RT senior reviewer Kathe Robin calls Susanna Kearsley's The Firebird a " ... wonderfully entertaining, non-stop read." Merging past and present, the tale follows Nicola Marter, a woman gifted with being able to "sense" an object's history, as she discovers a small Russian firebird statue that once belonged to Empress Catherine. Soon Nicola and her ex-lover are caught up in a whirlwind adventure that brings them to the court of Peter the Great, where they discover the firebird's legacy. Today we are featuring an excerpt from the novel, plus the chance for one reader to win all of Susanna Kearsley's books at the end of this post!
When I opened my eyes I saw Rob with his back to me, shaking his dark head as though he were puzzled. “It’s gone.”
“The cottage,” he said. “It’s not here. I only went a short while forward, not too far, to see if I could find her as a teenager, but all of this”—he nodded at the cottage walls that he alone could see—“is gone. It’s all in ruins.”
He turned. His gaze dropped briefly to my hand, still resting on the stone, and with that damnably quick way of adding two and two, he asked, “Did you see anything yourself?” Like that, so normally. As though I could.
I felt the small smile twist my mouth, and raised my hand to push the wind-whipped hair back from my eyes again. “Of course I didn’t. I don’t… I can’t see the way that you do.”
Rob’s expression grew more thoughtful, as though he’d heard something in my tone I hadn’t put there by design. He crossed the ground between us, thinking. Sitting on the stone beside me, he asked, “Would you like to?”
There was no good way to answer that. My envy of Rob’s gifts was so at war with my own yearning to be normal and the warnings of my grandfather that I could only shake my head and say, “It doesn’t matter. Really. This is working fine, with you describing things.”
He gave an absent nod, as though agreeing, and then studied me in silence for a moment before asking, “Can I try something?”
My voice turned wary. “What?”
“Give me your hand.”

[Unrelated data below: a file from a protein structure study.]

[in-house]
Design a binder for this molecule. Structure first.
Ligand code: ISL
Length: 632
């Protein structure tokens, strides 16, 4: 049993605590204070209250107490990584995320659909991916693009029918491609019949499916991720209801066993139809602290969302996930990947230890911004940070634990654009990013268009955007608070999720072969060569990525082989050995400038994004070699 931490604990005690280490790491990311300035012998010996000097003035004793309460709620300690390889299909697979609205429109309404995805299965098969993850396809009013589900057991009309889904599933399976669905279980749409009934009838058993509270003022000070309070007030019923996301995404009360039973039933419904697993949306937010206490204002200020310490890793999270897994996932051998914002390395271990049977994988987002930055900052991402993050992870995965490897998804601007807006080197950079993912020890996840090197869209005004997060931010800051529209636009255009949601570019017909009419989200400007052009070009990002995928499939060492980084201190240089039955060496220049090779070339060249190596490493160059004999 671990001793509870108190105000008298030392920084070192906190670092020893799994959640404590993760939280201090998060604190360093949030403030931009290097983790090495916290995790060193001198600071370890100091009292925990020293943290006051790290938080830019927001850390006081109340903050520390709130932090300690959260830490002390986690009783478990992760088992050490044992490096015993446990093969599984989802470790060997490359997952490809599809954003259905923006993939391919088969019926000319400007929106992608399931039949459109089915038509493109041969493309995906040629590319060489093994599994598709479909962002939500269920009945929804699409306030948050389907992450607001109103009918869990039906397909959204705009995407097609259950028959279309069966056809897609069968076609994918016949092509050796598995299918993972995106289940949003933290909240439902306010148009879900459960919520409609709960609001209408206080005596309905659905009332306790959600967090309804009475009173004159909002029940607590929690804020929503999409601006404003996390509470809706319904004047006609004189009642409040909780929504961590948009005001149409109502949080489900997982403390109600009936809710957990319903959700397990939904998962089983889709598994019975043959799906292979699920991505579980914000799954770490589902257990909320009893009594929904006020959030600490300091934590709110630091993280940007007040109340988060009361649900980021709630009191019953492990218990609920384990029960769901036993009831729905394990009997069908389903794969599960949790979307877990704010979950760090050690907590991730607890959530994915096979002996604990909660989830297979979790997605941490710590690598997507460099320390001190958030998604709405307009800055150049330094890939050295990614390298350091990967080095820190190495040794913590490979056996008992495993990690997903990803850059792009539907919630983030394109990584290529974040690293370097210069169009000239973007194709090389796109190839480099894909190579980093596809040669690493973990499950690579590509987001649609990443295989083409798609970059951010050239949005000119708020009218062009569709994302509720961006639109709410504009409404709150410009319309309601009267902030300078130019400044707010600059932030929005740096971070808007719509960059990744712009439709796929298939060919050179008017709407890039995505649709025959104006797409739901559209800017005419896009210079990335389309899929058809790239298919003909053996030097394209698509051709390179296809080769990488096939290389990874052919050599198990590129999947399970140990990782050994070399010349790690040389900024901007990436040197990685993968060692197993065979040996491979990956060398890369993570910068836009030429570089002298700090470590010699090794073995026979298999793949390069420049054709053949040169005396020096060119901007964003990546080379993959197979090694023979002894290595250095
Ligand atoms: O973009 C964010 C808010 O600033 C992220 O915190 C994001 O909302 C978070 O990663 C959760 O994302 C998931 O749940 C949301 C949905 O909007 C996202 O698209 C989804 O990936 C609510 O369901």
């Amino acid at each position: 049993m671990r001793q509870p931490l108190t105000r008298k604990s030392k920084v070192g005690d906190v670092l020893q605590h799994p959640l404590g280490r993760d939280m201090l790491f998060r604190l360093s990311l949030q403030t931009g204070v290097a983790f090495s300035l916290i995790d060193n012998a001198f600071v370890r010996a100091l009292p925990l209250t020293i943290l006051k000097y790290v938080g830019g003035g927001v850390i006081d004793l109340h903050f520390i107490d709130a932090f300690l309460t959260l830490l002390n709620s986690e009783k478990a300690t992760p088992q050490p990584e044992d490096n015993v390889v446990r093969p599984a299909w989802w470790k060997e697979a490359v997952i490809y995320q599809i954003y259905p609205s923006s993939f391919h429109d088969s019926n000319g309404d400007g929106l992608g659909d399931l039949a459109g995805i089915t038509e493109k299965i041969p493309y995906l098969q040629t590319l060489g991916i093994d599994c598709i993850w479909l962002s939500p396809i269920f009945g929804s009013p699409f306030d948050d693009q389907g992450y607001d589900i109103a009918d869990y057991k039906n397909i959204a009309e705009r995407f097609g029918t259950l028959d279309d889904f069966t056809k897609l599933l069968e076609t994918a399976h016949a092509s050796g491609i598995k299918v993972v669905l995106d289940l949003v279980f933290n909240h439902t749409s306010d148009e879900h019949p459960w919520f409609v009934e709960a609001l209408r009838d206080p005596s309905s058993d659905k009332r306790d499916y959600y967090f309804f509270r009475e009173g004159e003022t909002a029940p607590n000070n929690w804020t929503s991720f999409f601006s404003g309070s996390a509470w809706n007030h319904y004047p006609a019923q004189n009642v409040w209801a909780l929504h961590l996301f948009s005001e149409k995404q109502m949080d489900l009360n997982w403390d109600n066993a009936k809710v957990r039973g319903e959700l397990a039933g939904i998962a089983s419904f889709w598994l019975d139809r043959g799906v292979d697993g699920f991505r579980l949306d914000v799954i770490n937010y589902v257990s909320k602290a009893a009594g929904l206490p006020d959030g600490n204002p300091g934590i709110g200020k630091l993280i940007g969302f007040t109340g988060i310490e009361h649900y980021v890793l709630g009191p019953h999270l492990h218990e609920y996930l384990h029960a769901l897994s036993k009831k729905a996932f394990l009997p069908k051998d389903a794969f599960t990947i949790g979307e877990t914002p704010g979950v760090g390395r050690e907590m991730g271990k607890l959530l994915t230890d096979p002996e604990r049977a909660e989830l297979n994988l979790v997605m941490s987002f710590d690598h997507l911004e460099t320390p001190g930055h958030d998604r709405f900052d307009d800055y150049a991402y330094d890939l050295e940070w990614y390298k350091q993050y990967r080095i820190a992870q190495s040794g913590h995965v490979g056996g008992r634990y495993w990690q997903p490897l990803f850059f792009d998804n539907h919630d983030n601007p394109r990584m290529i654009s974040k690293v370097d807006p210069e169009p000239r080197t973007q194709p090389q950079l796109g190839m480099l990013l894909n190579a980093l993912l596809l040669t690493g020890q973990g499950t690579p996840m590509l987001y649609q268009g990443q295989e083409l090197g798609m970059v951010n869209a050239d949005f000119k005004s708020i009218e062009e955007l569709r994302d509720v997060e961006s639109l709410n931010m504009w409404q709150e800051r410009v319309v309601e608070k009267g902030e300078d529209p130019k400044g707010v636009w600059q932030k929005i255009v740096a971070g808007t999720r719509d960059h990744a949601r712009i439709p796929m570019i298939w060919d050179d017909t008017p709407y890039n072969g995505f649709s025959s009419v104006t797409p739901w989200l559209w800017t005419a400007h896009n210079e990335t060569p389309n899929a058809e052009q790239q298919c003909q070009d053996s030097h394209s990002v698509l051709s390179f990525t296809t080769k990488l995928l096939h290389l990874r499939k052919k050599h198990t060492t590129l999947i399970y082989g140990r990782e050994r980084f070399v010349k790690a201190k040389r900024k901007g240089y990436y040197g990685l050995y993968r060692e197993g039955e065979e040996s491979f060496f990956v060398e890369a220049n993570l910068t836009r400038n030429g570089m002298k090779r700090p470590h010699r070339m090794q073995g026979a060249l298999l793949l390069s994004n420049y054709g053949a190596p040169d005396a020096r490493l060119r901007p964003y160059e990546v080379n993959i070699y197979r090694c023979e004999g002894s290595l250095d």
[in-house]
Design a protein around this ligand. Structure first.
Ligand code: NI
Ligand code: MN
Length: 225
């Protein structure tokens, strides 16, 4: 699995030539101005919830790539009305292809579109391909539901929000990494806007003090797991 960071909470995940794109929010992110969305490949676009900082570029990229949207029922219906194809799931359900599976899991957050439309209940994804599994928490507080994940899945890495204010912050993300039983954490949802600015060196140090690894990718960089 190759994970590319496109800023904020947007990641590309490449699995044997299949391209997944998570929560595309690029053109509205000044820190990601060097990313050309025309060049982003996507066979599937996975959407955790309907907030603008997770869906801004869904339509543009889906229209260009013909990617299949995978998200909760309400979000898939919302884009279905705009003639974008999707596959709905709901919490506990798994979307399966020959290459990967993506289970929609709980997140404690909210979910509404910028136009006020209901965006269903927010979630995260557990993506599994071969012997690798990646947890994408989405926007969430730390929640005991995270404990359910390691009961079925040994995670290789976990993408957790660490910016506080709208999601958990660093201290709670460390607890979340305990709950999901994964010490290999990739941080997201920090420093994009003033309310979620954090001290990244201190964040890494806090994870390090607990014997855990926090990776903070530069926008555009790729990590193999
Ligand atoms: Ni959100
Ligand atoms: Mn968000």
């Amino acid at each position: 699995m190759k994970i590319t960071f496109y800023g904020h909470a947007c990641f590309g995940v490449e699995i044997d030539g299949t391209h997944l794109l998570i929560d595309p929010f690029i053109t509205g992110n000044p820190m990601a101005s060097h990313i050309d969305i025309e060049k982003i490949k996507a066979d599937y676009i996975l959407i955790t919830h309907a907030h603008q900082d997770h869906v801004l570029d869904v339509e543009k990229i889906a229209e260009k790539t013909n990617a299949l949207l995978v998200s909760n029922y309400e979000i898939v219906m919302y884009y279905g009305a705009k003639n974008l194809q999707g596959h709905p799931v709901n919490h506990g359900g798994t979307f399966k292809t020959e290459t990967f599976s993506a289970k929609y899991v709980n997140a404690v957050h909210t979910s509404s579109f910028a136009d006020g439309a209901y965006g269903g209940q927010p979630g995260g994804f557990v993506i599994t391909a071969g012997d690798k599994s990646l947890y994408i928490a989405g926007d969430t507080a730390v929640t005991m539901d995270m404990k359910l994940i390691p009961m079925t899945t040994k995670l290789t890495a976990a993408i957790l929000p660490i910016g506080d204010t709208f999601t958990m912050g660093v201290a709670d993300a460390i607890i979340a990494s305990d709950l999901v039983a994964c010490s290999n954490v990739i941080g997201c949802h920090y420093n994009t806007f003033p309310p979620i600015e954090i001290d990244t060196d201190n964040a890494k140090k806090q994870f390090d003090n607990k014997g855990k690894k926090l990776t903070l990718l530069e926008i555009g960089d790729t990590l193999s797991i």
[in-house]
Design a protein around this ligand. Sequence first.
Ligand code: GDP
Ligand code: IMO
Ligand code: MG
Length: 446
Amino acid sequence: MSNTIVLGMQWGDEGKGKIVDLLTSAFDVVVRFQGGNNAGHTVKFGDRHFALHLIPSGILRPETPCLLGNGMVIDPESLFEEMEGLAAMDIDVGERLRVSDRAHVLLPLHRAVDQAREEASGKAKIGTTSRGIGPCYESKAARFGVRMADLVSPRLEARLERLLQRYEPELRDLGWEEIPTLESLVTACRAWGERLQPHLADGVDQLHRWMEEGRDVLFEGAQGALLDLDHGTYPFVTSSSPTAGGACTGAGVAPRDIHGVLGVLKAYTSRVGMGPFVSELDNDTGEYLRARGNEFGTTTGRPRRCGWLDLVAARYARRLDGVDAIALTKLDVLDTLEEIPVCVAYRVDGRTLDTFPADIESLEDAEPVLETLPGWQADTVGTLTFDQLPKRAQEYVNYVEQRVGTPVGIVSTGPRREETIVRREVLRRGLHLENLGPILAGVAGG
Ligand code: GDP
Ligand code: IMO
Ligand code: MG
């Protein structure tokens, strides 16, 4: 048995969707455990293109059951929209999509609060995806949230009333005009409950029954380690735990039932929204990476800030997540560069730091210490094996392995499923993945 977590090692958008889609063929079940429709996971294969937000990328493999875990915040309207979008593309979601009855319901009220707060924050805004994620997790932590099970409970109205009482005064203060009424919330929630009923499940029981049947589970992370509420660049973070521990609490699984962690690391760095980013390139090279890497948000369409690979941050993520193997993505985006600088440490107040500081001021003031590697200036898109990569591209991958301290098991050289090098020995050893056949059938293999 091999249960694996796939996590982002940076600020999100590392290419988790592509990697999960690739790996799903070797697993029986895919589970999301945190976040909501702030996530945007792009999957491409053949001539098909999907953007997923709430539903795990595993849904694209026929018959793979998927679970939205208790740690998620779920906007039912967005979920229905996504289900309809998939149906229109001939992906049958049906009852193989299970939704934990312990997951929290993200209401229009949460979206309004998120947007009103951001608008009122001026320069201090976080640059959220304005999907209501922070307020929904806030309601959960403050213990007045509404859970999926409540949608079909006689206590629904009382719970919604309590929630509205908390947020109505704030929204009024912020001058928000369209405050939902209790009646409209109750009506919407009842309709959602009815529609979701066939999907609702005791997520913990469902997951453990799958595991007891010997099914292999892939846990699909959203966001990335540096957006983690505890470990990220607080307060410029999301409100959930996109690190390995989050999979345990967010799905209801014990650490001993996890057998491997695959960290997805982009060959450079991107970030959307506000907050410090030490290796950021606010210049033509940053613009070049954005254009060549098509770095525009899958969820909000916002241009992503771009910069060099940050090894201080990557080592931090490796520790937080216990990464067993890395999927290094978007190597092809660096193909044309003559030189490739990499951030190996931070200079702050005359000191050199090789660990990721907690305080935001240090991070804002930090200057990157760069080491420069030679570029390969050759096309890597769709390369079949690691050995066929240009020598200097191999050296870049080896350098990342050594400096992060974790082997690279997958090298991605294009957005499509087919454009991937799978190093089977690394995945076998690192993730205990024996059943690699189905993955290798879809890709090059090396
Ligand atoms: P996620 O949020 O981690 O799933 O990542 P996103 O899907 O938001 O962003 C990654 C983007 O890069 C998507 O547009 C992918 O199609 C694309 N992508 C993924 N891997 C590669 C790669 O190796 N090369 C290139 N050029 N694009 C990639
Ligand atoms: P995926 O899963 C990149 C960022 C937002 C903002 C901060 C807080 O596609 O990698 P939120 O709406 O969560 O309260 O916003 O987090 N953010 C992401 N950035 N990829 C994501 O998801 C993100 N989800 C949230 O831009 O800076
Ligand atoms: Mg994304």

“You said that you trusted me.”
“Then give me your hand.” His was outstretched, and waiting.
Reluctantly, I slipped my hand into his and then raised my defenses as I felt his fingers close warmly round mine.
“D’ye mind that first day at the Emerson,” Rob said, “when we did the ganzfeld? Try doing that now.”
“It’s not so hard. Clear your thoughts, close your eyes, just hear the wind and the waves and the gulls now, and focus.”
I tried. “It’s not working.”
“Relax.” A faint squeeze of his fingers. “You’ve managed to find your way into my mind afore this.”
A small warmth spread from his hand to mine and I strove to ignore it, while focusing all my attention on clearing my mind of its whirlwind of thoughts and emotions. At last I felt the calming sense of peace, as though I’d settled in a warm relaxing bath, and from the blackness that surrounded me the little moving images began their cinematic play, a filmstrip running in reverse.
I wasn’t in Rob’s mind at all, I thought. This was how my own visions started.
I waited for the moment when one image would project itself and grow to blot the others out, when gradually I realized that these images weren’t running at the speed I was accustomed to. The filmstrip slowed, and paused, and ran a few frames forward.
In confusion I asked Rob, Is that you?
Is what me?
He didn’t answer straightaway. He’d found the frame he wanted, and already it was growing and expanding as it took us in, but where my visions would have stopped and settled in their boundaries this one widened far beyond what I had ever seen before, so very swiftly that it flooded all my senses with a dizzying assault of scents and sounds.
I felt, in that first moment, like a seagull hanging on the wind high over sea and shore, and looking down with a perspective only flight could give. I saw the gray horizon and the darkness of the waves, and felt the stab of winter’s cold as I looked down upon the little cottage, thatched and shuttered as Rob had described it, drifted deep with snow that showed two lines of dragging footprints leading to the door, which was half-blocked now by the figure of a man.
These things I saw before my line of vision swooped and started lowering and raced across the snow until it reached a level just above the one it would have been at if I’d stood upon the ground. The line of vision of a man about Rob’s height, I realized.
This time the movement didn’t feel like flight. It felt like we were running as we swiftly crossed the few feet of remaining ground and slipped straight through the cottage walls as though they had been made of mist, as though we both were ghosts.
We were inside.
GIVEAWAY ALERT: One lucky reader will win a prize pack of Susanna Kearsley's books, including The Firebird. To enter, simply comment on this post telling us which historical era you'd most want to visit. You can also e-mail your answer here, along with your mailing address and the subject "Susanna Kearsley Giveaway." U.S. addresses only, please. The winner will be announced April 26.
BLOG UPDATE: The winner is Kelley J. Donaghy
For more historical tales, visit our Everything Romance Page.